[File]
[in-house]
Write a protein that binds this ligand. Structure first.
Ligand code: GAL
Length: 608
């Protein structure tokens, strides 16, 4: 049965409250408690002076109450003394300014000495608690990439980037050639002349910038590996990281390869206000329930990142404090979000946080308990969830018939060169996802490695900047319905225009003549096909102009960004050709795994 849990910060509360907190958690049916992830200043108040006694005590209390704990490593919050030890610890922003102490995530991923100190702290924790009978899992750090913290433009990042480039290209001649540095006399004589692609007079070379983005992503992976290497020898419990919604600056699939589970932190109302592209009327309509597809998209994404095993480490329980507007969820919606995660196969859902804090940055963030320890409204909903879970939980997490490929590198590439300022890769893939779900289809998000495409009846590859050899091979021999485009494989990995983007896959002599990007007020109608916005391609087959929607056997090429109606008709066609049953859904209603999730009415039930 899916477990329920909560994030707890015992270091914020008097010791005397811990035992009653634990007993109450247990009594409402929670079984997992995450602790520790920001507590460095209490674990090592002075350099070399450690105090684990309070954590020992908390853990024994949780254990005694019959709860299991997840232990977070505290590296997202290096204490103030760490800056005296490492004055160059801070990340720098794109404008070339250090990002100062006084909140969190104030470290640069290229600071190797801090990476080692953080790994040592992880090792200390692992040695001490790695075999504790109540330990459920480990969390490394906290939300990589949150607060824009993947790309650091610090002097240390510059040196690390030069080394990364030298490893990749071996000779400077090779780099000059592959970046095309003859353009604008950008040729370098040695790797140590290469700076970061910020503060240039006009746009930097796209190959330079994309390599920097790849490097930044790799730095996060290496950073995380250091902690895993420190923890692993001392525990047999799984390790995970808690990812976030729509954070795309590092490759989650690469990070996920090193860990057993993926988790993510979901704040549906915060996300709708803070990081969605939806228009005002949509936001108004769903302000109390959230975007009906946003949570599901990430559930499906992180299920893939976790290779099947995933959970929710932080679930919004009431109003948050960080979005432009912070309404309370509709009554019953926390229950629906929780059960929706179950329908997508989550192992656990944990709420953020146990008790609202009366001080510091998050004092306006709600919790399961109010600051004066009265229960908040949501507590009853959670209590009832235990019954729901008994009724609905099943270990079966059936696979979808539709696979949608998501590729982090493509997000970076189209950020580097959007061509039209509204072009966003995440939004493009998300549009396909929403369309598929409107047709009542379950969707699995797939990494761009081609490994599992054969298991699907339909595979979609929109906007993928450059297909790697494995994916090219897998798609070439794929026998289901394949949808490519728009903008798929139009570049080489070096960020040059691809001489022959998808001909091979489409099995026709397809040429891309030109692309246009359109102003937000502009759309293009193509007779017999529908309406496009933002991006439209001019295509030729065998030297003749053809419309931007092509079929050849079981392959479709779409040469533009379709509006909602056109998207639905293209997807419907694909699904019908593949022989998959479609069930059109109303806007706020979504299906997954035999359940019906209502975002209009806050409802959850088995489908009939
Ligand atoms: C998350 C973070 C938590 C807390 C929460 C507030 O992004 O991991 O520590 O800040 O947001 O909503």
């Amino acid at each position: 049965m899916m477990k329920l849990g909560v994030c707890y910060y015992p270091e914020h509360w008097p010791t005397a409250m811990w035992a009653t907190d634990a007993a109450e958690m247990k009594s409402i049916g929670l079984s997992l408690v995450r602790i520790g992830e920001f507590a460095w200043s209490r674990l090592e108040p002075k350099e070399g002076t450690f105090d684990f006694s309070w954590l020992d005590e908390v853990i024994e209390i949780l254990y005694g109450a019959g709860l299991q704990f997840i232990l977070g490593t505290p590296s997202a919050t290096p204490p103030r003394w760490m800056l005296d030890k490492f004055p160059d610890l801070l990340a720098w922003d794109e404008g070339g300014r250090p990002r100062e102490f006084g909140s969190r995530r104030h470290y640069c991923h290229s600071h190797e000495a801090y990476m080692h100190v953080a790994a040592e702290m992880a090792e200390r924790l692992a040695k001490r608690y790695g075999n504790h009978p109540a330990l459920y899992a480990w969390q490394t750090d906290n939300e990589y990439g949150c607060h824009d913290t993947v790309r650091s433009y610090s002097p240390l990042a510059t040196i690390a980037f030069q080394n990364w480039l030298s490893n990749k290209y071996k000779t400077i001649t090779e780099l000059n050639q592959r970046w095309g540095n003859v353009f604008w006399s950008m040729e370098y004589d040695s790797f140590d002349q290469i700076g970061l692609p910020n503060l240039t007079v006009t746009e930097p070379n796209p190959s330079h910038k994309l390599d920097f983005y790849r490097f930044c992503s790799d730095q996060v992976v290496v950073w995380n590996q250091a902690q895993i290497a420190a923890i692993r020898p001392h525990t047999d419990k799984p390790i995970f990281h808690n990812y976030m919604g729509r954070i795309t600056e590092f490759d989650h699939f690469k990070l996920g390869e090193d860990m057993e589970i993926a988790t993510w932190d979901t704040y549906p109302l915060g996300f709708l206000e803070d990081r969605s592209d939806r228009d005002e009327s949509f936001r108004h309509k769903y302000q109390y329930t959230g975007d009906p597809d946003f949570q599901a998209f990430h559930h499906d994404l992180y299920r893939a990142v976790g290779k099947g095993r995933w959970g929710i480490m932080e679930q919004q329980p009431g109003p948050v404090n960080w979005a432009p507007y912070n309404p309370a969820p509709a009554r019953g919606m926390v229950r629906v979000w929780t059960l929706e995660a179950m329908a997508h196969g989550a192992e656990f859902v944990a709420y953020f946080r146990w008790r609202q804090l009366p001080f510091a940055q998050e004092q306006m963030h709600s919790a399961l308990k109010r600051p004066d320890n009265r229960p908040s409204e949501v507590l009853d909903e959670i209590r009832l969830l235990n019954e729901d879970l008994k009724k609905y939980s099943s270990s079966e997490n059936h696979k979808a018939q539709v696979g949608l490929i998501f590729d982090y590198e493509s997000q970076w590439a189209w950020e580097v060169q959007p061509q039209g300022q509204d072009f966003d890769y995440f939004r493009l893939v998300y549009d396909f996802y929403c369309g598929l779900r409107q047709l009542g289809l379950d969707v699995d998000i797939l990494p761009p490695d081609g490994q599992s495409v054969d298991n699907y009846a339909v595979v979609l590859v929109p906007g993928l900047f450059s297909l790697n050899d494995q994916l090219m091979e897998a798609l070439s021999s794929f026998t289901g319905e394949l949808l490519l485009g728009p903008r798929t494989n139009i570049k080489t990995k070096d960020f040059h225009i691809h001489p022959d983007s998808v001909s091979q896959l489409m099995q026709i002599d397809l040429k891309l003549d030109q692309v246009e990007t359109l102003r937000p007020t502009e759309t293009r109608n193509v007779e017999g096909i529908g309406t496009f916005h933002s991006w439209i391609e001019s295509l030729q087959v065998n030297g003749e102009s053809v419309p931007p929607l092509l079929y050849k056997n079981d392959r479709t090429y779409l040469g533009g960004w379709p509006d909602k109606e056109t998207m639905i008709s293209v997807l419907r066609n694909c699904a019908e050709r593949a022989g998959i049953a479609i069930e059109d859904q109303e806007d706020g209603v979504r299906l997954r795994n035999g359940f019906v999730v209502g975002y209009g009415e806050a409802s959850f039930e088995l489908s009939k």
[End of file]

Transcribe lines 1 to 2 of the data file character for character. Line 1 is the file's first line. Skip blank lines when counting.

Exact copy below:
[in-house]
Write a protein that binds this ligand. Structure first.